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Thermohydrodynamics of an Evaporating Droplet Studied Using a Multiphase Lattice Boltzmann Method

Thermohydrodynamics of an Evaporating Droplet Studied Using a Multiphase Lattice Boltzmann Method, Ahad Zarghami and Harry E. A. Van den Akker. Physical Review E 2017, 95  (4), 043310.

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Abstract

In this paper, the thermohydrodynamics of an evaporating droplet is investigated by using a single-component pseudopotential lattice Boltzmann model. The phase change is applied to the model by adding source terms to the thermal lattice Boltzmann equation in such a way that the macroscopic energy equation of multiphase flows is recovered. In order to gain an exhaustive understanding of the complex hydrodynamics during evaporation, a single droplet is selected as a case study. At first, some tests for a stationary (non-)evaporating droplet are carried out to validate the method. Then the model is used to study the thermohydrodynamics of a falling evaporating droplet. The results show that the model is capable of reproducing the flow dynamics and transport phenomena of a stationary evaporating droplet quite well. Of course, a moving droplet evaporates faster than a stationary one due to the convective transport. Our study shows that our single-component model for simulating a moving evaporating droplet is limited to low Reynolds numbers.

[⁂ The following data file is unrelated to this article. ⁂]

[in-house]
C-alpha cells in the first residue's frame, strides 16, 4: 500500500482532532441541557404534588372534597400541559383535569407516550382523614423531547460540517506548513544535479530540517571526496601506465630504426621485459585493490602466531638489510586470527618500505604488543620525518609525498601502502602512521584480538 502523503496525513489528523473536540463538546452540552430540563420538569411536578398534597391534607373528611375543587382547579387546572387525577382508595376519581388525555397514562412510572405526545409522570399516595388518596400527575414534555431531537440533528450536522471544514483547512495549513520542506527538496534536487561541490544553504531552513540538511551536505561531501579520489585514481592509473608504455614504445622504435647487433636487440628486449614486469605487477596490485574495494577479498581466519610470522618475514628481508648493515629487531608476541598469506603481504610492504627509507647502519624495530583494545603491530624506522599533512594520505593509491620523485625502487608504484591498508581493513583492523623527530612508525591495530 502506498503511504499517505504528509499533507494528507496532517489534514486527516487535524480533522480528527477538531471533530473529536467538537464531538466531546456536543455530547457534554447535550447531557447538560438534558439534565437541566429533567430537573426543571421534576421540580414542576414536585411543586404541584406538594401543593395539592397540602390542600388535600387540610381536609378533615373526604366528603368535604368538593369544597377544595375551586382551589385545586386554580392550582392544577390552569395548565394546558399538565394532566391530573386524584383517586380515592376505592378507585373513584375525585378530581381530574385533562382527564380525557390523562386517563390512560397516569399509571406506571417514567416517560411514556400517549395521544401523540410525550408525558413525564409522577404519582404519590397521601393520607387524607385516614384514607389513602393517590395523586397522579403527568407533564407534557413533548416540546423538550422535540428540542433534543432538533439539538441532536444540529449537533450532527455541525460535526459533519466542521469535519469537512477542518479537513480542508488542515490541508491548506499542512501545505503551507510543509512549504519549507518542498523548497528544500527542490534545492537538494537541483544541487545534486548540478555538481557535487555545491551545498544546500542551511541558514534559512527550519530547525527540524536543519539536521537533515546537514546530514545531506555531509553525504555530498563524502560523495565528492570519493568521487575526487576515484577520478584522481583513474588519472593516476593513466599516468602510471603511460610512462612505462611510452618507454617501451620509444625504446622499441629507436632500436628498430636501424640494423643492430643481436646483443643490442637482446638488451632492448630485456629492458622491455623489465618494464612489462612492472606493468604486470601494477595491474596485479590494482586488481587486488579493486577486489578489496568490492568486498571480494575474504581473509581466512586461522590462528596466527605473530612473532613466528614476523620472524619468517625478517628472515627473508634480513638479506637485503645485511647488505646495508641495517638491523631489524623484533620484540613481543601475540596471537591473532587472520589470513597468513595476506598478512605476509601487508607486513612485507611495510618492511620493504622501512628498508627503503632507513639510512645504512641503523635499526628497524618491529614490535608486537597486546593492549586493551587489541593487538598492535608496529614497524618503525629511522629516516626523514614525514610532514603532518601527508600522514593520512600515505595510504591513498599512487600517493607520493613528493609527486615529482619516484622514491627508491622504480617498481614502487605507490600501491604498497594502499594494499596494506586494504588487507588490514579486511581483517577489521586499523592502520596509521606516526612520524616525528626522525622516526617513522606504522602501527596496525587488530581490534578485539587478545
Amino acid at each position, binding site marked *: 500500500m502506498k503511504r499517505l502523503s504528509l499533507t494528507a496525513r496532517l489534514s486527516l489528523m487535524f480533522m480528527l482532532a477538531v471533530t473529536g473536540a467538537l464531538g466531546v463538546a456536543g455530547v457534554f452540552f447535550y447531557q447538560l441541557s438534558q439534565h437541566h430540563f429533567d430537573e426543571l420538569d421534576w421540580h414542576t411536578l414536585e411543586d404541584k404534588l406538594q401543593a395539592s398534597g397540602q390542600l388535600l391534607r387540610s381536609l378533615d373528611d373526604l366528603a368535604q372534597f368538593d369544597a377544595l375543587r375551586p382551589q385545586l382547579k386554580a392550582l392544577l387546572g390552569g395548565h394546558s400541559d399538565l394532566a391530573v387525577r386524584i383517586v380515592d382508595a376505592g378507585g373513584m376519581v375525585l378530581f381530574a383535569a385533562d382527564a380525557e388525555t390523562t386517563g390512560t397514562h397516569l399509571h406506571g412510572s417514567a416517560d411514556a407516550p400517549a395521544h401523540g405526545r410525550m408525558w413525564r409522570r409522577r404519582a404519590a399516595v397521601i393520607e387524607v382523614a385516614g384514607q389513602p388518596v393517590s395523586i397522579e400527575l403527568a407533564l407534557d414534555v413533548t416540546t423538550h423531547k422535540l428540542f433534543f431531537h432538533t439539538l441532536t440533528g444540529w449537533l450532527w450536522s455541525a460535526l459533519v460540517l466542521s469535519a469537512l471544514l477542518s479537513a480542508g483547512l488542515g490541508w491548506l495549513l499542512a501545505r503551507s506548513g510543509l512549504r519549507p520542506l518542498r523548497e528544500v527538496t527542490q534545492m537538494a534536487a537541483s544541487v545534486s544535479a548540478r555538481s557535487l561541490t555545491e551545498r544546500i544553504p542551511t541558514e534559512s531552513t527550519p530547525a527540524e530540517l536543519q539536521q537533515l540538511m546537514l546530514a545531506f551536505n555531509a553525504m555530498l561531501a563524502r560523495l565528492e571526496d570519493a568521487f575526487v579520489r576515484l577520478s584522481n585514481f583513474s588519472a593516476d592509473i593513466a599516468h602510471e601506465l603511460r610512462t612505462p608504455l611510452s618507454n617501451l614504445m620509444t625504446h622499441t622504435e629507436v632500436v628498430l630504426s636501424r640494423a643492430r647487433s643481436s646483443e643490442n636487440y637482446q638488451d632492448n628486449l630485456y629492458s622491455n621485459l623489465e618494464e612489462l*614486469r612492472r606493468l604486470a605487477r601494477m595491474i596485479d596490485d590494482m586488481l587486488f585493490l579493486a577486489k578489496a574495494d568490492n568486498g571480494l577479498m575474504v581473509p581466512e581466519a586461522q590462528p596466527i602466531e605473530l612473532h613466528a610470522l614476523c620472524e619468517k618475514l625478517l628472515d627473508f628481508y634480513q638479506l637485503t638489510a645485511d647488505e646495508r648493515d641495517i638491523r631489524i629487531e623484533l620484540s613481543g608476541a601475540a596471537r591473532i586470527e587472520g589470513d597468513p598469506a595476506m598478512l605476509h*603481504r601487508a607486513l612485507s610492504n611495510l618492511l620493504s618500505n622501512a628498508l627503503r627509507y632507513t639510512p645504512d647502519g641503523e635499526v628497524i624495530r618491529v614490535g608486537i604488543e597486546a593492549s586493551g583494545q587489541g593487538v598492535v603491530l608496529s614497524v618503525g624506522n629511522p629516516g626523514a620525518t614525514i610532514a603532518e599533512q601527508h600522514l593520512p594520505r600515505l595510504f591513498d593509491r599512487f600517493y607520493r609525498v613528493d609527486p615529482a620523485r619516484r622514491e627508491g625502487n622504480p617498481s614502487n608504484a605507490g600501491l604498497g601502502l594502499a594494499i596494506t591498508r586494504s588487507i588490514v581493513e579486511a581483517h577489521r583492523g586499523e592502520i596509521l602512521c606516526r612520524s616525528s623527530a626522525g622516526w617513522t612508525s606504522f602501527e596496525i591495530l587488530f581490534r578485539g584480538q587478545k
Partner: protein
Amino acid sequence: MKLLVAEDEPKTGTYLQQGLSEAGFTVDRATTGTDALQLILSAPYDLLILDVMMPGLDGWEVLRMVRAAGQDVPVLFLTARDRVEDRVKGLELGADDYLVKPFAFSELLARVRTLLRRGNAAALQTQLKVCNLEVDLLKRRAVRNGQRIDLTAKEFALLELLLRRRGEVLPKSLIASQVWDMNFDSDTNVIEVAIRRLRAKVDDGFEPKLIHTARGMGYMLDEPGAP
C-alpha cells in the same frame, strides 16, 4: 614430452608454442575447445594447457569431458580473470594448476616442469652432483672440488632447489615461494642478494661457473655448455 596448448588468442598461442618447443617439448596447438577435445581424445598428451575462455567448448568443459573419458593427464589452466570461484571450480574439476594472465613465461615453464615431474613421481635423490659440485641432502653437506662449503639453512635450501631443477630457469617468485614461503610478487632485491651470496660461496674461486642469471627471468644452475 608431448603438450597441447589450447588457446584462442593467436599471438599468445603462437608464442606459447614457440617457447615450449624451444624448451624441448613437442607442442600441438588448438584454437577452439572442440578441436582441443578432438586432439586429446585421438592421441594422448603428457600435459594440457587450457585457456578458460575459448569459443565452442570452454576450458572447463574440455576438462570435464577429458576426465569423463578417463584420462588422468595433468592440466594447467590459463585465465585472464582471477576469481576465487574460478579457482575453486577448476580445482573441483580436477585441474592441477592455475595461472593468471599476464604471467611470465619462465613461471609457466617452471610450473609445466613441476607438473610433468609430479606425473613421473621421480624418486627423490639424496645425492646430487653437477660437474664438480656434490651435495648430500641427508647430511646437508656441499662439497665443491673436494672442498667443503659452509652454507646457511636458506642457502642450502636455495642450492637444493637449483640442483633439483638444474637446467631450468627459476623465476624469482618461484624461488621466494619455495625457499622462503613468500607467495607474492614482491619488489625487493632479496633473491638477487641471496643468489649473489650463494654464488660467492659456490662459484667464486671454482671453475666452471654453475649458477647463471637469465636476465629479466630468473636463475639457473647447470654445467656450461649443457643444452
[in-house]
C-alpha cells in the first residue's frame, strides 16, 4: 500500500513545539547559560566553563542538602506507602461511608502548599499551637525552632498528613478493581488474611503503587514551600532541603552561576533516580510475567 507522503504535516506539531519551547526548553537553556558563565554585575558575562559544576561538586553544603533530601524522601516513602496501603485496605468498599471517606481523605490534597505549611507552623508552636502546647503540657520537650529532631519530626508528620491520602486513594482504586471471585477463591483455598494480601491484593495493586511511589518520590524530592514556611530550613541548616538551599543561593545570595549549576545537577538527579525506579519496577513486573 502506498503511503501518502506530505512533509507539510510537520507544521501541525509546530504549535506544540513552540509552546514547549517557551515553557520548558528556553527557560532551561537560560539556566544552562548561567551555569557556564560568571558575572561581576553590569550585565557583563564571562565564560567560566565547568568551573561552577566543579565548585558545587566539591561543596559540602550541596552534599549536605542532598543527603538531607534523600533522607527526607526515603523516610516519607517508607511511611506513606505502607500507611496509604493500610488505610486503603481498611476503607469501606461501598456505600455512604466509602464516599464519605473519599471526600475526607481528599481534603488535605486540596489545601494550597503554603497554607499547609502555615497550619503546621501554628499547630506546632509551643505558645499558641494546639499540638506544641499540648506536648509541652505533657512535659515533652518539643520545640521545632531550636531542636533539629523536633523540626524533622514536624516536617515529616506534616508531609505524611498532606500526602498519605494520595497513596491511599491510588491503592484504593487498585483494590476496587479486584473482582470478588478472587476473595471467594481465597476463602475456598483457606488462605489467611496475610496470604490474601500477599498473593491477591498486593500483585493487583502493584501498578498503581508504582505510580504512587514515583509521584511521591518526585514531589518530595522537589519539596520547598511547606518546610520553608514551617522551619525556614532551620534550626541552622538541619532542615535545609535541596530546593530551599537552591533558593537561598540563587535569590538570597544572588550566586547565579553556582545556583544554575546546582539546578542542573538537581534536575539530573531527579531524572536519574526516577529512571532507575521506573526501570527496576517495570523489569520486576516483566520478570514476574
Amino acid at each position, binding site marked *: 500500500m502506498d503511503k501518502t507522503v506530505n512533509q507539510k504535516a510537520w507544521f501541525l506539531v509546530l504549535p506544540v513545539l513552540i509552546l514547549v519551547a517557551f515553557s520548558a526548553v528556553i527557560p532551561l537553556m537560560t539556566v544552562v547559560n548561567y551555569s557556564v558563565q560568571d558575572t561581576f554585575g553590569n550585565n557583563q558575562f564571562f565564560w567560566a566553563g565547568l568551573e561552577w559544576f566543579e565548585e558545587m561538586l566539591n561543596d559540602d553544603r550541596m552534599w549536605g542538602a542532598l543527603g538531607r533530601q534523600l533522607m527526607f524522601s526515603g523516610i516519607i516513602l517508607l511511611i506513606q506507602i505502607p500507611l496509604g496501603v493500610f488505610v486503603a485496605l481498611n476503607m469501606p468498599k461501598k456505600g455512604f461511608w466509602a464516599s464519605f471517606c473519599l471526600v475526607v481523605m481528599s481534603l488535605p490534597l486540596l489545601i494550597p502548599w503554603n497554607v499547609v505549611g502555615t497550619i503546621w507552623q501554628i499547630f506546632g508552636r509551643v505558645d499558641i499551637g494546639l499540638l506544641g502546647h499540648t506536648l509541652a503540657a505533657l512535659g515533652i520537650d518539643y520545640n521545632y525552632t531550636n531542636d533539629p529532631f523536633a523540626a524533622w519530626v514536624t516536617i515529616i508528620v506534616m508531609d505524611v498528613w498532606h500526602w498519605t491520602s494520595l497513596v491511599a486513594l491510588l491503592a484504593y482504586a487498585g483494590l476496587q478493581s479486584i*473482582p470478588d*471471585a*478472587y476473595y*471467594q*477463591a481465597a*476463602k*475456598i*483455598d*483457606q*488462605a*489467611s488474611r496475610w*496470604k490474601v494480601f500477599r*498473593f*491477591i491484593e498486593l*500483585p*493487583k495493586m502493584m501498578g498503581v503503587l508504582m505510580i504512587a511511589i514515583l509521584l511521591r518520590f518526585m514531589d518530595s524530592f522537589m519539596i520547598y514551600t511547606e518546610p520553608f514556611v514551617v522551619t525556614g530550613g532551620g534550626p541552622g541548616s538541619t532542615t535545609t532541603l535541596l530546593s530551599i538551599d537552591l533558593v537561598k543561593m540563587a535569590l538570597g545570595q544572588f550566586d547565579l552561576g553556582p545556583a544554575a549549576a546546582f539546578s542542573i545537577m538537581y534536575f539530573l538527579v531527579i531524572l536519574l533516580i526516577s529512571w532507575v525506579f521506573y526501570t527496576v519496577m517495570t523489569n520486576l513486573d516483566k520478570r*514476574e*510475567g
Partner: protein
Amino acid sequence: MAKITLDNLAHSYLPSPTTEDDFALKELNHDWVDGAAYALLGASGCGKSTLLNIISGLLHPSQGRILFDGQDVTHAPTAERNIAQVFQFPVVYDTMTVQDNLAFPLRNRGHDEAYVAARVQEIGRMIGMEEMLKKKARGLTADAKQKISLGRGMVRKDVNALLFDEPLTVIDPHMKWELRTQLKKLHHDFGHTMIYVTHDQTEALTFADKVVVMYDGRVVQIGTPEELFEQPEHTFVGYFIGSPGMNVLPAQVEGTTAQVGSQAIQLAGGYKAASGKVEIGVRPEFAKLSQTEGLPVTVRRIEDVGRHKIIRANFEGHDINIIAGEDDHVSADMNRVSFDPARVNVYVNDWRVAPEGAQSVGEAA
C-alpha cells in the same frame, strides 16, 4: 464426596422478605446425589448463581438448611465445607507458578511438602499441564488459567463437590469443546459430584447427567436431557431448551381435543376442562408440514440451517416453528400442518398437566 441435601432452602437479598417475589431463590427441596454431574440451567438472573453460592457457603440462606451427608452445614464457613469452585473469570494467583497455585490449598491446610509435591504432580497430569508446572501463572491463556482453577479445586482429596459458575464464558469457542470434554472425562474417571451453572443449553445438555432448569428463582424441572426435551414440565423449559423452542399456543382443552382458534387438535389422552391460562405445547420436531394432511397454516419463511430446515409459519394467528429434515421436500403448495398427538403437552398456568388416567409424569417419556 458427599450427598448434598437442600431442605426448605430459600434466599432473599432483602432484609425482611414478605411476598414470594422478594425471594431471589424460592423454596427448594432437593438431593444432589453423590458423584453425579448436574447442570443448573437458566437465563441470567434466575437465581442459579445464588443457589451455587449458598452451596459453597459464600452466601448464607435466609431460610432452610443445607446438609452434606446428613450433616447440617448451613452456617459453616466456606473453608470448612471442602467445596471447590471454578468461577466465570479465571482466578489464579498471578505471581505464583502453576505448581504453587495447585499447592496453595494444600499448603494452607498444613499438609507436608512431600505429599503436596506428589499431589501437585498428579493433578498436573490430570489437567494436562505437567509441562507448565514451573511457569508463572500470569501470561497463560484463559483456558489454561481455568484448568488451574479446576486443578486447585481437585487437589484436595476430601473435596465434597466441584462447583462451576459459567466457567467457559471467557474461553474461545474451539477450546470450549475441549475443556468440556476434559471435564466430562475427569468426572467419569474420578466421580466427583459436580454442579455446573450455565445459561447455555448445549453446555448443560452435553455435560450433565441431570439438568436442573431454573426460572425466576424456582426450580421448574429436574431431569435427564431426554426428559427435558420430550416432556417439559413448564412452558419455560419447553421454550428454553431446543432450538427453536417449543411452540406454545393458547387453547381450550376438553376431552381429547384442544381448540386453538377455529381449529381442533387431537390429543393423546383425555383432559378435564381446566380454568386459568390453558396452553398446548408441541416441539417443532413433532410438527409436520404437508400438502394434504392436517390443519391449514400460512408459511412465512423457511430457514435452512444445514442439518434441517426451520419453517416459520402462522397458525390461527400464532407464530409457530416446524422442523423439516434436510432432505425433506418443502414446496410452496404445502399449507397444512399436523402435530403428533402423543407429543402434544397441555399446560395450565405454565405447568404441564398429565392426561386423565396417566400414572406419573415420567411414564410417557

BibTeX

@article{ ISI:000400239300007,
Author = {Zarghami, Ahad and Van den Akker, Harry E. A.},
Title = {Thermohydrodynamics of an Evaporating Droplet Studied Using a Multiphase Lattice Boltzmann Method},
Journal = {Physical Review E},
Year = {2017},
Volume = {95},
Number = {4},
Month = {},
Abstract = {In this paper, the thermohydrodynamics of an evaporating droplet is investigated by using a single-component pseudopotential lattice Boltzmann model. The phase change is applied to the model by adding source terms to the thermal lattice Boltzmann equation in such a way that the macroscopic energy equation of multiphase flows is recovered. In order to gain an exhaustive understanding of the complex hydrodynamics during evaporation, a single droplet is selected as a case study. At first, some tests for a stationary (non-)evaporating droplet are carried out to validate the method. Then the model is used to study the thermohydrodynamics of a falling evaporating droplet. The results show that the model is capable of reproducing the flow dynamics and transport phenomena of a stationary evaporating droplet quite well. Of course, a moving droplet evaporates faster than a stationary one due to the convective transport. Our study shows that our single-component model for simulating a moving evaporating droplet is limited to low Reynolds numbers.},
DOI = {10.1103/PhysRevE.95.043310},
Pages = {043310},
ISSN = {2470-0045},
EISSN = {2470-0053},
Unique-ID = {ISI:000400239300007},
}

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